INTO - Design system


Designers at INTO were facing various challenges when building new pages and journeys. Speaking with designers across the organisation and watching them work I noticed the same issues surfacing time and time again.

  • Designers struggling to find the most recent pattern due to no SSOT.
  • Creating the same component/pattern or copying from other documents.
  • Re-create component/patttern as unable to locate original.
  • Various colours, text styles, and heading tags in Sketch files.
  • Consistency across pages due to different designers working on the same project.
  • Handing designs to developers with inconsistencies or without certain states/variants.

From my observations time and money was being wasted due to these reoccurring issues. It was clear INTO needed a design system to help manage and deliver a solid, consistent and on-brand digital experiences. Speaking with senior stakeholders in the company they agreed, however didn’t have the budget for a fully developed design system. They agreed however to start with a style guide and component/pattern library for INTO study. This would be a step towards a design system and in the short term provide the designers at INTO with a solution to their problems.

The existing INTO style guide. This was created in Sketch by a designer no longer at INTO. None of the components were symbols and designers also noticed some components weren’t up to date.


To really understand just how big an issue this was I decided to undertake a UI audit of the entire INTO study website. I used Miro which allowed me to document the inconsistencies and share with the wider team and stakeholders. I made notes on key issues that needed addressing such as accessibility failures.

For each component I took a screenshot all the inconsistencies from the live site. This was a time consuming task but highlighted why it was important to have a components/pattern library. It was also useful from a UX perspective to see the various uses of components.

My process for designing, documenting and adding components to the pattern library.


When adding or changing components I would first conducted research to ensure key factors like best practice, accessibility and usability were at the foundation. Existing systems such as GOV.UK, IBM Carbon and Google Material had data and findings I could use to help make informed design decisions.

As this would be used not only by myself but designers across INTO I wanted to make sure any research I conducted was available and accessible to everyone. I used Miro to document this and held weekly design sessions to present this back to designers and key stakeholders.

Example of the dropdown component with all the states, variants and overrides. This level of detail was necessary for each component to ensure all interactions for both desktop and mobile had been considered.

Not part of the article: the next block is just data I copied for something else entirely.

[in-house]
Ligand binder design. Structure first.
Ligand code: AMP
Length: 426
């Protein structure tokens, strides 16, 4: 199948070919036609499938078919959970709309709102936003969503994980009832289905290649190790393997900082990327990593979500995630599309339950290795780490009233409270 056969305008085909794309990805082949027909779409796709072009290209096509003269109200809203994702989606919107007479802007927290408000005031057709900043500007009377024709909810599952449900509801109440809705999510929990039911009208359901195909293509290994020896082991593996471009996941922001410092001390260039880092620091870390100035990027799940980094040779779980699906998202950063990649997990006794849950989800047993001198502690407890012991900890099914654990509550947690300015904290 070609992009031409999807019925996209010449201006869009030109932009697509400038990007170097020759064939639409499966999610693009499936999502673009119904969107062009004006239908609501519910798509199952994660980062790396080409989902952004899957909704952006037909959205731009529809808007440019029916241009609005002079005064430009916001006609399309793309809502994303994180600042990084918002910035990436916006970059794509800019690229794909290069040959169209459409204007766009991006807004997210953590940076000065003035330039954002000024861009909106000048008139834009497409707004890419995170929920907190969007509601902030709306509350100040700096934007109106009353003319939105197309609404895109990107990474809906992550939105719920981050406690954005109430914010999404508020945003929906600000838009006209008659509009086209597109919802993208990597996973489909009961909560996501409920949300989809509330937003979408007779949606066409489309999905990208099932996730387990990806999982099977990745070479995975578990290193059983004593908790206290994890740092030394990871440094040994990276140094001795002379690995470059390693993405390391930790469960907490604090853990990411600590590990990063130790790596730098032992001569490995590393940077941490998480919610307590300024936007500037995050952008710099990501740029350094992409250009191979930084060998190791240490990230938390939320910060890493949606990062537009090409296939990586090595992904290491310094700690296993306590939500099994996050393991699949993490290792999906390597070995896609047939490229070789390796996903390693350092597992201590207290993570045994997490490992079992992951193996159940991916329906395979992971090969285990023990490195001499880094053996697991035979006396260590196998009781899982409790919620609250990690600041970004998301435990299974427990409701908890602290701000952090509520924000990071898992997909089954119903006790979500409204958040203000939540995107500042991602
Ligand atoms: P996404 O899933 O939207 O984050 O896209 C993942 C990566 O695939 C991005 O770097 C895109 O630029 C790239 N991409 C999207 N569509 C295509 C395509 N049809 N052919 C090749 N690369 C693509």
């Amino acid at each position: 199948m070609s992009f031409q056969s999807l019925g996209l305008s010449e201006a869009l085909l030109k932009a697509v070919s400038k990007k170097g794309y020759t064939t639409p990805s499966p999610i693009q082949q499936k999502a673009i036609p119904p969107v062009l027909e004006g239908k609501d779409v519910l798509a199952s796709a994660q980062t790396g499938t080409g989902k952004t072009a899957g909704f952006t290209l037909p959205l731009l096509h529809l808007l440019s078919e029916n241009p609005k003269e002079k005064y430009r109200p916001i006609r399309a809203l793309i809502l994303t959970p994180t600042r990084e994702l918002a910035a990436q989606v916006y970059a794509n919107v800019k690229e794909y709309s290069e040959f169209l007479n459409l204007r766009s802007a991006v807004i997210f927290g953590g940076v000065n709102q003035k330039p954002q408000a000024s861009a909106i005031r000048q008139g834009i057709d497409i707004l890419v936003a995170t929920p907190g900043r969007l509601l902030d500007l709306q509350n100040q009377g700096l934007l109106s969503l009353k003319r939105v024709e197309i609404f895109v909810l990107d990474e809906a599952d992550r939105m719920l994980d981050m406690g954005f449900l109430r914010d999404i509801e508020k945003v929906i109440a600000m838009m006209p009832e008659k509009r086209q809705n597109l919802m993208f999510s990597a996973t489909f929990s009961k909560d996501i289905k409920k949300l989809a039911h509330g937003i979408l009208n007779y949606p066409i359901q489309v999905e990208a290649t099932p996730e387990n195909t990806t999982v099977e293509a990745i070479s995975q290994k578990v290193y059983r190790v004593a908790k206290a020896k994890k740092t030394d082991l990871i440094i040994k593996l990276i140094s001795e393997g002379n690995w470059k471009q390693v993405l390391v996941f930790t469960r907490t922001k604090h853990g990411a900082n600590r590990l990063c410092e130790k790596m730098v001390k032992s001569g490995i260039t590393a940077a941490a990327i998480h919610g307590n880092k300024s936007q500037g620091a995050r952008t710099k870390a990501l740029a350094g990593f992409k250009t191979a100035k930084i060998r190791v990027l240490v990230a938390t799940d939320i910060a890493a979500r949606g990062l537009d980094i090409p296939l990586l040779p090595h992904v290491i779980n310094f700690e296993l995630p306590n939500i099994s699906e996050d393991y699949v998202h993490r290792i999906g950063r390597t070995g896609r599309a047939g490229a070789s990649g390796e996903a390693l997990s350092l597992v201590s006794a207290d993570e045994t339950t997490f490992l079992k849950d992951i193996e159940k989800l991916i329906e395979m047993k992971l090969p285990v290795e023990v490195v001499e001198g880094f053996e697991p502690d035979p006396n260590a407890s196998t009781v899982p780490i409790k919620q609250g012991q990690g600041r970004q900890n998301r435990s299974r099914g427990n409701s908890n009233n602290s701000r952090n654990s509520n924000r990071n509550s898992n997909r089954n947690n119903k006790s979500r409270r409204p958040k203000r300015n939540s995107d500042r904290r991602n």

The Sketch component/pattern library was only half the solution as simply handing this to designers would only solve a few problems. I needed to ensure the library would be used correctly and consistently otherwise the same issues would start to appear. I needed a way of presenting the components and patterns alongside guidance.

Each component needed to have detailed guidance as to what it was, were it should be used, its relationship with other components and variants/states. I didn’t want this to be buried in the Sketch document as it could get missed and developers wouldn’t have visibility of it.

Page built using spacing blocks to ensure consistent spacing when constructing new pages.


Having looked into various Design System management tools I found InVision’s DSM to be the perfect solution. It allowed me to export all the symbols straight from Sketch as well as write guidance around how they should be used. It could be accessed by anyone with a web browser and most importantly it didn’t require developers or project managers to have Sketch.

Button component in the Design System Manager. This gives all the information designers need as well as documents the variants, primary, secondary and tertiary.


To measure the efficiency of the new Sketch library and DSM I set 2 of the INTO UI designers a task. I gave them an existing page on INTO Study and told them to build it using the new system. Both were familiar with Sketch and understood symbols and overrides. It took both designers 30-45 mins to build the entire page from scratch. Both designers said this time would fall further once they had become more familiar with the Sketch library. Comparing both pages together they were identical with regards to text styles, symbols, colours and spacing.

Following the review I asked both designers how long this would have taken before and they estimated around 1½ - 2 hours. Which roughly works out as an increase in productivity of 200%.

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